UPDATE: Sept. 16, 2021: On Tuesday, Northern District of California judge Edward Chen granted Darden's motion to dismiss a case brought by One Fair Wage against the company's cash wage policy. The judge said the organization does not cite any law that dictates that a non-employee has standing to challenge an employment practice, especially if the complaint is "purely ideological or entirely derivative of the injury directly suffered by actual employees." Chen added there could be employees who object to any changes sought by OFW to eliminate unmediated tipping. The judge said OFW also doesn't have standing under Title VII to sue for discrimination and that the court doesn't need to address the plausibility of OFW's theory of liability.
- One Fair Wage, a national nonprofit organization, filed a lawsuit on Thursday against Darden Restaurants arguing the company's cash wage policy has led to employees being paid subminimum wages and relying on customers to tip to bring wages to the federal minimum wage.
- The organization argues this tipping policy has resulted in tipped employees of color being paid less than tipped White employees, according to the lawsuit emailed to Restaurant Dive. It also claims this policy has led to, or contributed to, additional cases of sexual harassment since it puts pressure on employees to rely on customers to tip to make up the difference in wages.
- "To be clear, this is not about Darden. The complaint makes clear that their objections are with federal and state wage laws — not with our practices," Darden said in an emailed statement.
The lawsuit comes a few weeks after Darden announced that starting March 29 each hourly employee will earn at least $10 per hour including tipped income. The company also said it will raise wages to $11 per hour in January 2022 and $12 per hour in January 2023. It is also offering $17 million in one-time bonuses for hourly restaurant workers.
Darden said in an email that its tipped team members earn more than $20 per hour on average. Darden has 861 company-owned Olive Gardens in the U.S. and its other seven brands operate about 1,000 restaurants and has about 175,000 employees, according to the lawsuit.
But when One Fair Wage conducted a survey in March and April of Darden employees, of which 200 responded, 20% of those workers said they have not received tips or additional wages to bring them up to minimum wage in their states. Of the tipped workers, 36% said they received less in tips than other workers and 20% said they received lower tips due to their race and/or gender.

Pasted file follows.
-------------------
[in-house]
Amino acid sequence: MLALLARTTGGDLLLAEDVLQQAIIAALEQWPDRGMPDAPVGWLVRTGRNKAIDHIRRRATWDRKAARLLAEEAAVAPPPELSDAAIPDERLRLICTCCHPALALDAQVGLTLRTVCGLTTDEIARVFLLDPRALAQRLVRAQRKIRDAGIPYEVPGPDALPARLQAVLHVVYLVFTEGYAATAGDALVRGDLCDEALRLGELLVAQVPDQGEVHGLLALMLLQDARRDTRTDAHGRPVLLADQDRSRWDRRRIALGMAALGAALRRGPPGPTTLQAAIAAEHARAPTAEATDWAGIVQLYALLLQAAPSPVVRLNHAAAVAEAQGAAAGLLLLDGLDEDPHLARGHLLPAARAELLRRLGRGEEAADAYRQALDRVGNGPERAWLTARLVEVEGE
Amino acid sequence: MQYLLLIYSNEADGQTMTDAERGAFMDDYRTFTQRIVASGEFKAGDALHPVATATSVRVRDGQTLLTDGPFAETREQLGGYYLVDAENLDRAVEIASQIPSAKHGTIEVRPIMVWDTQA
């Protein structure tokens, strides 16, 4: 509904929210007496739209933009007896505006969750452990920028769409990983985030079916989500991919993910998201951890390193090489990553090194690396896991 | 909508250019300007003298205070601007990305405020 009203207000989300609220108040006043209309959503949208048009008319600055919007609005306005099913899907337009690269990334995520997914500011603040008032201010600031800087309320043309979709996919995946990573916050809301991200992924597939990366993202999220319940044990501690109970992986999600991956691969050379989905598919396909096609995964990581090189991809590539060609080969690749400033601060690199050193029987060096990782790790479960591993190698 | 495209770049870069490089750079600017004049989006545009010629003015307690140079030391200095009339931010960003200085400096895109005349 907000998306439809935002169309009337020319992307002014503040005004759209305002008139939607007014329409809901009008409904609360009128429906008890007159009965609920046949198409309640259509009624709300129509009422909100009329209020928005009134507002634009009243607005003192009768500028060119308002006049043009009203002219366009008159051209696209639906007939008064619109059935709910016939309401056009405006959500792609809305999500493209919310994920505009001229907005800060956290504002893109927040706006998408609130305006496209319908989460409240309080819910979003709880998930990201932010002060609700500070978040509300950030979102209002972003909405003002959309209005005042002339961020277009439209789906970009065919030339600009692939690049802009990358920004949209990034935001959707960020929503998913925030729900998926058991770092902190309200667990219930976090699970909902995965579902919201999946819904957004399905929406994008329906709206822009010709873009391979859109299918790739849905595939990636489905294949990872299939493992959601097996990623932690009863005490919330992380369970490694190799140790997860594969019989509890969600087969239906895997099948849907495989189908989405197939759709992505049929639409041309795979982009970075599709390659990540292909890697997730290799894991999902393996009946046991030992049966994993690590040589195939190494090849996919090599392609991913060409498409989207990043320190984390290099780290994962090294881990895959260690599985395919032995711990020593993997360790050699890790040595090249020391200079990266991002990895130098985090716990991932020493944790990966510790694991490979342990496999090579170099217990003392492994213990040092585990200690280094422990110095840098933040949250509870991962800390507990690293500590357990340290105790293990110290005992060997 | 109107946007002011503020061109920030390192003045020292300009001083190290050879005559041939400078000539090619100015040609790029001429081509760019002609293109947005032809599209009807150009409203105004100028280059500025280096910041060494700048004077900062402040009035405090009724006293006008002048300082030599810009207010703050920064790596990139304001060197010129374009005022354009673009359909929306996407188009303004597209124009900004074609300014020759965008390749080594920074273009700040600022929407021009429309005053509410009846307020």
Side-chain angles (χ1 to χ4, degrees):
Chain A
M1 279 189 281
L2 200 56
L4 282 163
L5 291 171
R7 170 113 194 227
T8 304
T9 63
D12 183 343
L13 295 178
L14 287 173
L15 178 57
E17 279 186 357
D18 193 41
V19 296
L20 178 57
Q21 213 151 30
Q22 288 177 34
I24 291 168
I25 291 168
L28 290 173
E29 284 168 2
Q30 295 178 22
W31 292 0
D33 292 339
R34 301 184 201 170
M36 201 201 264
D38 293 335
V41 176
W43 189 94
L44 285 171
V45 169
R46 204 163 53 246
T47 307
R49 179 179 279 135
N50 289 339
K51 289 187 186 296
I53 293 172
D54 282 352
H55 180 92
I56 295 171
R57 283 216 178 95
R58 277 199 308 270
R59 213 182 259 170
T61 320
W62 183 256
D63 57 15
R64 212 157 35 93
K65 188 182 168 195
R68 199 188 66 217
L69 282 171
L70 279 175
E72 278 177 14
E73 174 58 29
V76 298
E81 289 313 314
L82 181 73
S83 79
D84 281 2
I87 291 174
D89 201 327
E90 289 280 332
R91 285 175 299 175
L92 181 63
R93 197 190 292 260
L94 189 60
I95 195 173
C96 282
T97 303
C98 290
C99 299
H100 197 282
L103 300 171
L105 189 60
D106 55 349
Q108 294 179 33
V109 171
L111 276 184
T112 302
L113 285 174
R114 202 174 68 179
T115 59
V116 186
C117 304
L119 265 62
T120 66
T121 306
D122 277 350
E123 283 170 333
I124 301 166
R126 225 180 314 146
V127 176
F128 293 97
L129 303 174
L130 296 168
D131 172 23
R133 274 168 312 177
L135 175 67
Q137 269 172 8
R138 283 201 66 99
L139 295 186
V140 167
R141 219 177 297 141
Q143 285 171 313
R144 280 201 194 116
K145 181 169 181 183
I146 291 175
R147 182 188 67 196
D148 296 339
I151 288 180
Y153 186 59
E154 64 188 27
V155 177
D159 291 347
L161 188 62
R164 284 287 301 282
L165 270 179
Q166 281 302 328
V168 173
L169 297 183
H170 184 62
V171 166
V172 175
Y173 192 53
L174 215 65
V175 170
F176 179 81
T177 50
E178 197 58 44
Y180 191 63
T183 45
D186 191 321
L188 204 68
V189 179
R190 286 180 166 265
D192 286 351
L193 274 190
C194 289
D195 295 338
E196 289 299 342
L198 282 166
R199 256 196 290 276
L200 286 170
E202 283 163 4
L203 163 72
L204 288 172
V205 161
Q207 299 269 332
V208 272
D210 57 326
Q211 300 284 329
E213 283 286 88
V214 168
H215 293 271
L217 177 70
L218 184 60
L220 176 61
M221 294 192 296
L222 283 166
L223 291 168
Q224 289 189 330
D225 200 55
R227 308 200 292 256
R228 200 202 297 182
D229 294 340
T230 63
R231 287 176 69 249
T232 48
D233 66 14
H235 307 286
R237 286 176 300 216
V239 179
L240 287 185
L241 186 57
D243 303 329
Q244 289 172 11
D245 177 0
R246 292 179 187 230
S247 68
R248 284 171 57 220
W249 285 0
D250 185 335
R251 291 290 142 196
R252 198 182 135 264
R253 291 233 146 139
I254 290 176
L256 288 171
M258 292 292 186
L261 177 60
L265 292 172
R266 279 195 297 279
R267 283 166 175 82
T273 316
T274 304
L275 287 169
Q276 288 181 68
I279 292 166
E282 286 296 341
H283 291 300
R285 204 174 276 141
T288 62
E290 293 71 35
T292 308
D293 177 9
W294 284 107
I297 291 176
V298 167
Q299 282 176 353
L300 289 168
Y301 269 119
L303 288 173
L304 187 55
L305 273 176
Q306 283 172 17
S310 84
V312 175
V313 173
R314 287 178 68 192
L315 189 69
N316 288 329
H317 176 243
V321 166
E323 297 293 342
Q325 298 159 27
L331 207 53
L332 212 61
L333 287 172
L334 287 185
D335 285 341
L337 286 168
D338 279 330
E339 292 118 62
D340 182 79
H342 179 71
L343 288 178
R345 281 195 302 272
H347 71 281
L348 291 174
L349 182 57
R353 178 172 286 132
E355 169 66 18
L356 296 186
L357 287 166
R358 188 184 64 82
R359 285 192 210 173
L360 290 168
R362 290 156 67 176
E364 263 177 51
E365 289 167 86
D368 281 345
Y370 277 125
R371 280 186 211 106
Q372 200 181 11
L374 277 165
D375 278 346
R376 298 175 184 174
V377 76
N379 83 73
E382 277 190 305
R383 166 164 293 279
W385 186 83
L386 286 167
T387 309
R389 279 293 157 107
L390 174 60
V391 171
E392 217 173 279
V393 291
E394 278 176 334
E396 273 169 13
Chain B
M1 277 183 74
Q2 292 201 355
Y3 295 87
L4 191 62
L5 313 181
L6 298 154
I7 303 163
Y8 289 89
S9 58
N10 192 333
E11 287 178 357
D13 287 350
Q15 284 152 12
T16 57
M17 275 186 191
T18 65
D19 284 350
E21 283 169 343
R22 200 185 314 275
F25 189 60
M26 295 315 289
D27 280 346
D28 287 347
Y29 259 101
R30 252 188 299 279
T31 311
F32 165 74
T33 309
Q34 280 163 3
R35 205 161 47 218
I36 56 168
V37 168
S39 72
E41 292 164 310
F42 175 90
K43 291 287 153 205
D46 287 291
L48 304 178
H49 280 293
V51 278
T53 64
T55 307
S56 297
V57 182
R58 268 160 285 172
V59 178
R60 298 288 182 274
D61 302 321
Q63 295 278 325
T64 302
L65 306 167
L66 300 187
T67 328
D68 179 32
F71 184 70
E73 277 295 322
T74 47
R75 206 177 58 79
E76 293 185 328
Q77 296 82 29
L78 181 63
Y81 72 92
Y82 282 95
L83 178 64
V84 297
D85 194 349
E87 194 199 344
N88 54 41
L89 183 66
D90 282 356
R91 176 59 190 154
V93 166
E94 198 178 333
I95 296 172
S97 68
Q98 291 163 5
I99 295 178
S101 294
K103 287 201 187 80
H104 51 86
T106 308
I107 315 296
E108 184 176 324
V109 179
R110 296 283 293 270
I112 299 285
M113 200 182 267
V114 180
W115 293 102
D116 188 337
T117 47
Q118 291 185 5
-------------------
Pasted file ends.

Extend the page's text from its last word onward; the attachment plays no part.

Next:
Additionally, 38% of Darden employees said a manager, coworker or customer acted inappropriately or offensively toward them because of their race or gender. Employees also volunteered some examples of harassment, including an incident where a server was called derogatory names, pervasive sexual harassment at a store and managers becoming involved with employees romantically. A Black woman was also told she couldn't have pink hair because the company only allowed naturally occurring colors, but White women were allowed to have pink dreadlocks and blue hair.
Darden said in an email it has a zero tolerance for any form of harassment or discrimination and has policies in place to make sure team members are treated with respect and feel safe.
The lawsuit claims Darden's policies violate prohibitions on workplace discrimination under Title VII of the Civil Rights Act of 1964. One Fair Wage said it has had to divert more resources to address Darden employee complaints that claim individuals have experienced more or worse sexual harassment than their peers who are not subject to this policy. The organization also said it has lost money because it has paid more in cash assistance from its Emergency Coronavirus Relief Fund to Darden employees than the organization would have otherwise.